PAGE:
I would like to start a discussion as to how the community monitors their Splunk deployment? What are some of the methods you use?
How would you manage hundreds if not thousands of Splunk instances across multiple data centers? All of which can be clustered in groups/deployments.
What if the instance OR host that is running DMC goes down? DMC can only monitor a SHC if I am correct. We would need multiple DMC setup for multiple SHC's.
Ideally I want a tool that can monitor more than 10+ different SHC. Nodes ranging in the hundreds. Not even talking about all the forwarders 😞
Really want just the basic check of.. is splunkd running? If not, please let me know NOW. Looking for the least amount of footprint generated by a check.
Currently I have a script that just hits splunkd via REST API and checks if there is a return signal. If not, then the process or something is down. Would there be a better way to check over thousands of hosts?
SoS App works well.
You can make a search that checks the splunkd.log for stopped, started, etc. See below
index=_internal source=*splunkd.log host=* component=IndexProcessor ("shutting down: end" OR "Initializing: readonly") | eval restart_status=if(message="shutting down: end","Stopping","Starting")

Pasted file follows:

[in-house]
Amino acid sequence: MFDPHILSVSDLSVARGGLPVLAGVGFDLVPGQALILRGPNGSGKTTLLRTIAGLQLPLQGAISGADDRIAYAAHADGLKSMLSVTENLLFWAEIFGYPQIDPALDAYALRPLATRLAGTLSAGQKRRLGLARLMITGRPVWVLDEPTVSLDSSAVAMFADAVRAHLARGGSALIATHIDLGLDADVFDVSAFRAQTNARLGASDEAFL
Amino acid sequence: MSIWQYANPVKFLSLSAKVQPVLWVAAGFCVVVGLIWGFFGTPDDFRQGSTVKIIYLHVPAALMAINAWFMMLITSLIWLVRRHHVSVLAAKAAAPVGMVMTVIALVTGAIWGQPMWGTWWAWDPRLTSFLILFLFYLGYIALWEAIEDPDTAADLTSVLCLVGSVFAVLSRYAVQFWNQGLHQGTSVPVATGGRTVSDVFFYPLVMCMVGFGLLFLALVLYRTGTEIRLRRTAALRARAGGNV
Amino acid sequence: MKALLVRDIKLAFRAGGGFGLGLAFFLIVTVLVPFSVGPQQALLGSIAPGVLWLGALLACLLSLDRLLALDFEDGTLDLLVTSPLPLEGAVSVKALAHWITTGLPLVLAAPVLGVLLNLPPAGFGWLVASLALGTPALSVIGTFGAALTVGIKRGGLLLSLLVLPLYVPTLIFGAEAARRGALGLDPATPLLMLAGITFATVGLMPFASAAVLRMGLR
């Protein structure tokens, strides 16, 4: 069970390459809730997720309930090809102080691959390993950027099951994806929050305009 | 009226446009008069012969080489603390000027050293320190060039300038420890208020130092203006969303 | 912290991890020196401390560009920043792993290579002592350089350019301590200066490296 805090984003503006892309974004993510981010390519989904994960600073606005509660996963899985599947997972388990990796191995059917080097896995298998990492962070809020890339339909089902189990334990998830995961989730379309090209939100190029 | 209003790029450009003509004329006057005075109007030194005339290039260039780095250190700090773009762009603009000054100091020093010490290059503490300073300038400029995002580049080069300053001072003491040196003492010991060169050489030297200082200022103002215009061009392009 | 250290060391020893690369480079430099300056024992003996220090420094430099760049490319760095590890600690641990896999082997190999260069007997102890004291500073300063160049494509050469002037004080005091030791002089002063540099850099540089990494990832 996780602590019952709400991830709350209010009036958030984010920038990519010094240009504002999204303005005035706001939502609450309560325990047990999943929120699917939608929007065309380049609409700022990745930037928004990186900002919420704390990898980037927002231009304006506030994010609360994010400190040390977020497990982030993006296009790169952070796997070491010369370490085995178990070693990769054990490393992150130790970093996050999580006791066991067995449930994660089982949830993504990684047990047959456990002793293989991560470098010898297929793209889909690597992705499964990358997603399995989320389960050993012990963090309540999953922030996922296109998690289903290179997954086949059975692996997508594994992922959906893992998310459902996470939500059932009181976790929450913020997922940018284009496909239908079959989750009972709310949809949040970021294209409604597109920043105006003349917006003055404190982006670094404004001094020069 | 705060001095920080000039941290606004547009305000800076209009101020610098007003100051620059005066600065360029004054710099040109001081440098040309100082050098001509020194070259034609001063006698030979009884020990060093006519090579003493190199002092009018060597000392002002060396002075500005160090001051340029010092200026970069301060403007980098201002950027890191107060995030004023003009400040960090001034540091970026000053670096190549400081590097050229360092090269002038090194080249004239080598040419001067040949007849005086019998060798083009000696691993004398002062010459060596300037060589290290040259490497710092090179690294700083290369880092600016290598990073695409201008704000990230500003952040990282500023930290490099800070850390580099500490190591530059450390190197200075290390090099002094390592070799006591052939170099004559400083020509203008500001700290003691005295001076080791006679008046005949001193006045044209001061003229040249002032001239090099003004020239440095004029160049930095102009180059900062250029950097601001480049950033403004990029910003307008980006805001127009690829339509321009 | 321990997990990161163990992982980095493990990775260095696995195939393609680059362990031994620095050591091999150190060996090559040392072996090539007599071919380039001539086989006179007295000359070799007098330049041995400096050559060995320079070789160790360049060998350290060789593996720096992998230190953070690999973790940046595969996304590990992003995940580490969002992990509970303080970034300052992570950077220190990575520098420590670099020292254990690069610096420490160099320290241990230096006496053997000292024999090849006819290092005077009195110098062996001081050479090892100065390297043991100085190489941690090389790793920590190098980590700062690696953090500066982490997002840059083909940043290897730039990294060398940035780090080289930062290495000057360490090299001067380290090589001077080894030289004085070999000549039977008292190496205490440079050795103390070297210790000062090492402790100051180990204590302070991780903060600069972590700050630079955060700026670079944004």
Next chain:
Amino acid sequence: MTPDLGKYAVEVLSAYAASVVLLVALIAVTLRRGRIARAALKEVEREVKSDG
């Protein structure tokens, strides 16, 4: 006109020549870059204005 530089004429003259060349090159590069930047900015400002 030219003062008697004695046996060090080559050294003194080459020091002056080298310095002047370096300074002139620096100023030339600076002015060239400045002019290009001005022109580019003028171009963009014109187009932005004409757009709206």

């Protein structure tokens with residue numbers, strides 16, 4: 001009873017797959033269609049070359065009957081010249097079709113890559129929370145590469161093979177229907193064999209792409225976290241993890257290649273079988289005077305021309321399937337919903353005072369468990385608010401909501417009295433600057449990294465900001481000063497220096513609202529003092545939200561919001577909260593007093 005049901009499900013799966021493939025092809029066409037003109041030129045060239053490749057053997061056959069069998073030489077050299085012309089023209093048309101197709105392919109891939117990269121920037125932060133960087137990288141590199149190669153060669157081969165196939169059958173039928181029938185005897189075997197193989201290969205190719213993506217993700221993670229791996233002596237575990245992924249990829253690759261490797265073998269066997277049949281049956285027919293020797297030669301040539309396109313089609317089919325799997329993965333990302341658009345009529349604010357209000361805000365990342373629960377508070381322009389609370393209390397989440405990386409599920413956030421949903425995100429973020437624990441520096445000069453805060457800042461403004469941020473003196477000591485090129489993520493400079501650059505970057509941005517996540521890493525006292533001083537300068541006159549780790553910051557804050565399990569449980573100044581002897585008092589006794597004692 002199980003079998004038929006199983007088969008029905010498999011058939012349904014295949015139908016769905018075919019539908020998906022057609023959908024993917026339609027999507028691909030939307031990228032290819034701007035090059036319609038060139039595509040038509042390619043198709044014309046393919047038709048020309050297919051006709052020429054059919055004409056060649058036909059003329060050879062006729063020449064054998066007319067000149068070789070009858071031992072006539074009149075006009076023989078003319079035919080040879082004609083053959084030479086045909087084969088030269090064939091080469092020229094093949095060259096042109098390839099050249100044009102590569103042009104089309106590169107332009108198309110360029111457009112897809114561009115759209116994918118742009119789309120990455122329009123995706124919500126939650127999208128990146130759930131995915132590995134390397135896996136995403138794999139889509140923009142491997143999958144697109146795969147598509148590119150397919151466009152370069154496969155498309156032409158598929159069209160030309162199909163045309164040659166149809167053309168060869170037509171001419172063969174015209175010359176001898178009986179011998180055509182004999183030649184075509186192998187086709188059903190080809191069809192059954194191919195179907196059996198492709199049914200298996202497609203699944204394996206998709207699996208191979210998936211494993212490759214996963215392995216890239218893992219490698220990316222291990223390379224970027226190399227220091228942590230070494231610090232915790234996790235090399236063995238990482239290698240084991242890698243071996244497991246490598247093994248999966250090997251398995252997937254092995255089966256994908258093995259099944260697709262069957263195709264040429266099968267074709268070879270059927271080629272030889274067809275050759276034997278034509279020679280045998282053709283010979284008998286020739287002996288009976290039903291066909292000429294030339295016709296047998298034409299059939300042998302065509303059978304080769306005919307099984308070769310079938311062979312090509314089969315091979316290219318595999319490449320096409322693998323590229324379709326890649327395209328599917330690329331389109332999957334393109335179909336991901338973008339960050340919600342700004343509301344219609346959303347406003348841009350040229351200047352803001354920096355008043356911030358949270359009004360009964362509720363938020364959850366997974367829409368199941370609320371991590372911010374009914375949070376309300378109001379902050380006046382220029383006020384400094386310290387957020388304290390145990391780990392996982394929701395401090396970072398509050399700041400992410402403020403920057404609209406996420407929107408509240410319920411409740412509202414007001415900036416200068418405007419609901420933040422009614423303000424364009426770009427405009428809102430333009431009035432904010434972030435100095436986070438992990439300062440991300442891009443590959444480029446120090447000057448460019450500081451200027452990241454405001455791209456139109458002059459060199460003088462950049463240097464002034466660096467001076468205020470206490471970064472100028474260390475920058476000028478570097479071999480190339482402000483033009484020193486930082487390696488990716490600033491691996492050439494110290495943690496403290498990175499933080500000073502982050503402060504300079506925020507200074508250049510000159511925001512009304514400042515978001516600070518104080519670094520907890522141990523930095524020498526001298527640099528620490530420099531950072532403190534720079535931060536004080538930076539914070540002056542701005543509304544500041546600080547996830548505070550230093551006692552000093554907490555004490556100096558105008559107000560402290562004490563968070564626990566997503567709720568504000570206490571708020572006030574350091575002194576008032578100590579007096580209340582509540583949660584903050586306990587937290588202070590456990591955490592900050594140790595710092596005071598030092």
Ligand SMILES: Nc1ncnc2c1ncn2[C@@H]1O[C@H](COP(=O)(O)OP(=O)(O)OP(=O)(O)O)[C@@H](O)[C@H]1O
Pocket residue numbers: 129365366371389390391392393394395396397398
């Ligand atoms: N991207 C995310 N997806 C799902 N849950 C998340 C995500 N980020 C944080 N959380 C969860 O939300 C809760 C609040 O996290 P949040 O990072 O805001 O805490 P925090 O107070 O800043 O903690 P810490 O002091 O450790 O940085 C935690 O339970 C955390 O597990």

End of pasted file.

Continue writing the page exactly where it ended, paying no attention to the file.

like any other IT system/server Splunk as well needs basic monitoring from the outside.
A good start is for sure to monitor the main splunk processes
splunkd and the Splunk helper processes. this could be done by some basic script calling the
$SPLUNK_HOME/bin/splunk status command.
You can check as well if the ports are up and running; simple telnet to Splunk ports will do the trick.
But also keep in mind that there could be much more involved like SAN, NFS, network and so on.
hope this helps ...
Does it make sense to install crontab's on 3000+ machines to watch Splunk? Automation tools like Ansible would be a great way to hit remote hosts in a massive scale. The method of how to check Splunk process is what I would hope others can share. So many tools to try out and test, looking for the perfect solution hehe.
I use a product/service called Omnicenter, from Netreo. It monitors the health of ports 8000 and 8089, and sends an email alert to my group if anything is amiss there. We use this for monitoring all of our critical systems. I wrote a small script that does a test to see if my raid array is writeble, and which puts a zero or a one in a node in the snmp tree, which Omnicenter polls regularly (we had a situation where the raid got into some weird state where it was readable but not writeable).